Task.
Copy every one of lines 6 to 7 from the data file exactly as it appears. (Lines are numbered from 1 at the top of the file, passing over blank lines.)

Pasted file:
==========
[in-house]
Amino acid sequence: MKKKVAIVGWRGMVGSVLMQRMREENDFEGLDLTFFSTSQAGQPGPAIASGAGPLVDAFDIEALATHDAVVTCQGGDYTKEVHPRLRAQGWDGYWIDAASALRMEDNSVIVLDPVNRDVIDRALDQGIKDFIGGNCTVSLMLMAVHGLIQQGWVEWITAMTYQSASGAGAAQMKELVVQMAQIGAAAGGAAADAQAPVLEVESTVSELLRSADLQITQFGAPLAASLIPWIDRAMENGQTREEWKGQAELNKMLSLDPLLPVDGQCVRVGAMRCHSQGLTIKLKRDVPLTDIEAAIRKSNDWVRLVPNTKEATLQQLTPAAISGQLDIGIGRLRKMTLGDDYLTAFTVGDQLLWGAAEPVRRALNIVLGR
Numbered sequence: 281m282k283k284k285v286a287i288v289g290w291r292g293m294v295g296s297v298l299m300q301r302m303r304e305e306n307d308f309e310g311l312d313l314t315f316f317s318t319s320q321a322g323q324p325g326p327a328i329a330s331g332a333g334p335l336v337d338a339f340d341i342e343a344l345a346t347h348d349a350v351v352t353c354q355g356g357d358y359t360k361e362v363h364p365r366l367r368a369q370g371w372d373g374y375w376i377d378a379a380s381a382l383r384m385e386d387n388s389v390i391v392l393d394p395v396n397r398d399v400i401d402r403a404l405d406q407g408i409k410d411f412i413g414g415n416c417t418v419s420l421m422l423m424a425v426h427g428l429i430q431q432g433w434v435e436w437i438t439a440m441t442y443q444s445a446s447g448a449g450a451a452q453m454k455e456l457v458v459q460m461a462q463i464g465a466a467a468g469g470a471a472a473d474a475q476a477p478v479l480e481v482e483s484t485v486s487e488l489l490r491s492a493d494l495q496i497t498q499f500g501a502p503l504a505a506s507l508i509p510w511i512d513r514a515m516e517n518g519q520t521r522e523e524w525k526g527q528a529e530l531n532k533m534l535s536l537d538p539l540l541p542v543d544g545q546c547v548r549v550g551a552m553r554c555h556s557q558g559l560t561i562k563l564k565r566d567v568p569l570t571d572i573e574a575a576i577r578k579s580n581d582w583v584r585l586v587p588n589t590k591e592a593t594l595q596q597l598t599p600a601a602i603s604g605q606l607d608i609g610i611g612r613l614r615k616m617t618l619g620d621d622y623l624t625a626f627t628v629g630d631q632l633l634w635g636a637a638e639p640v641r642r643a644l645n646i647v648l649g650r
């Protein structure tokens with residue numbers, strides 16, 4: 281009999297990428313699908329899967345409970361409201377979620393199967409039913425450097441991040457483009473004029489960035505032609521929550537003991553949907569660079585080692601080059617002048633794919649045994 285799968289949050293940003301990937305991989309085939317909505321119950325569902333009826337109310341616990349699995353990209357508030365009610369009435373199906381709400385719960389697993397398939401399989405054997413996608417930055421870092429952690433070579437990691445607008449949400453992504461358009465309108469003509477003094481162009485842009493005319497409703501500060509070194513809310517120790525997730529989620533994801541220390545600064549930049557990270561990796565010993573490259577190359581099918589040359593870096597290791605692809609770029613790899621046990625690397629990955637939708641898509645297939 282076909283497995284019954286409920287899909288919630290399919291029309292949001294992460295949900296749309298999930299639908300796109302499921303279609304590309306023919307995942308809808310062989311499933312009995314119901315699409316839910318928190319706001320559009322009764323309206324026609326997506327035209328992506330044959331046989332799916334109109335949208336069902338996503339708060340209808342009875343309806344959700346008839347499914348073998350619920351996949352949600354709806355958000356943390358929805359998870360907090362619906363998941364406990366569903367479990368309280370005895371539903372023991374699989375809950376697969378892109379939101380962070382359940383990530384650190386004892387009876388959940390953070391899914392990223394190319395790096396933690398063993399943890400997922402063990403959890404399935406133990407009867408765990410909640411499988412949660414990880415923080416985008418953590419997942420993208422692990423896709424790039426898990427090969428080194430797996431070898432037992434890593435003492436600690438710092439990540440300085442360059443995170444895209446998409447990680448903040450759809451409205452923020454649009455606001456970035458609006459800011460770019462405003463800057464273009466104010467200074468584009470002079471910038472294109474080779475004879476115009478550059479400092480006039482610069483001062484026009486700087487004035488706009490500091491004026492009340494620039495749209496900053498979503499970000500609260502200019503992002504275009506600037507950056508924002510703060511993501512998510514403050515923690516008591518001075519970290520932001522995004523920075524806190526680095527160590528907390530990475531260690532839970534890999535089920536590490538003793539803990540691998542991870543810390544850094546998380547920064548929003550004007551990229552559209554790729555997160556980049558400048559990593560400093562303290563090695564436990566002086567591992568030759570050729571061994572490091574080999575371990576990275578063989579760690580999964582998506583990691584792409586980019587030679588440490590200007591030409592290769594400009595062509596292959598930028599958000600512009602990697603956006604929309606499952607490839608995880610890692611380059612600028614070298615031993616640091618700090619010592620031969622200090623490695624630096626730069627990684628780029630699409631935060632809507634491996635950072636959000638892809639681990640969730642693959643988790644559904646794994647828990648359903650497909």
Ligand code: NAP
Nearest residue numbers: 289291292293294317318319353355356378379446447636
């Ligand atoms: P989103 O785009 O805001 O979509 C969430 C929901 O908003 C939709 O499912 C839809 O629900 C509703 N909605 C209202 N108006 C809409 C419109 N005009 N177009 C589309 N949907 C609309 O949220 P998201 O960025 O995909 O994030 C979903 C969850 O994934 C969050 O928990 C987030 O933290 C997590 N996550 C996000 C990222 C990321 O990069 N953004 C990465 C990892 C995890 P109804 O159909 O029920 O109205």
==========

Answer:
Nearest residue numbers: 289291292293294317318319353355356378379446447636
């Ligand atoms: P989103 O785009 O805001 O979509 C969430 C929901 O908003 C939709 O499912 C839809 O629900 C509703 N909605 C209202 N108006 C809409 C419109 N005009 N177009 C589309 N949907 C609309 O949220 P998201 O960025 O995909 O994030 C979903 C969850 O994934 C969050 O928990 C987030 O933290 C997590 N996550 C996000 C990222 C990321 O990069 N953004 C990465 C990892 C995890 P109804 O159909 O029920 O109205």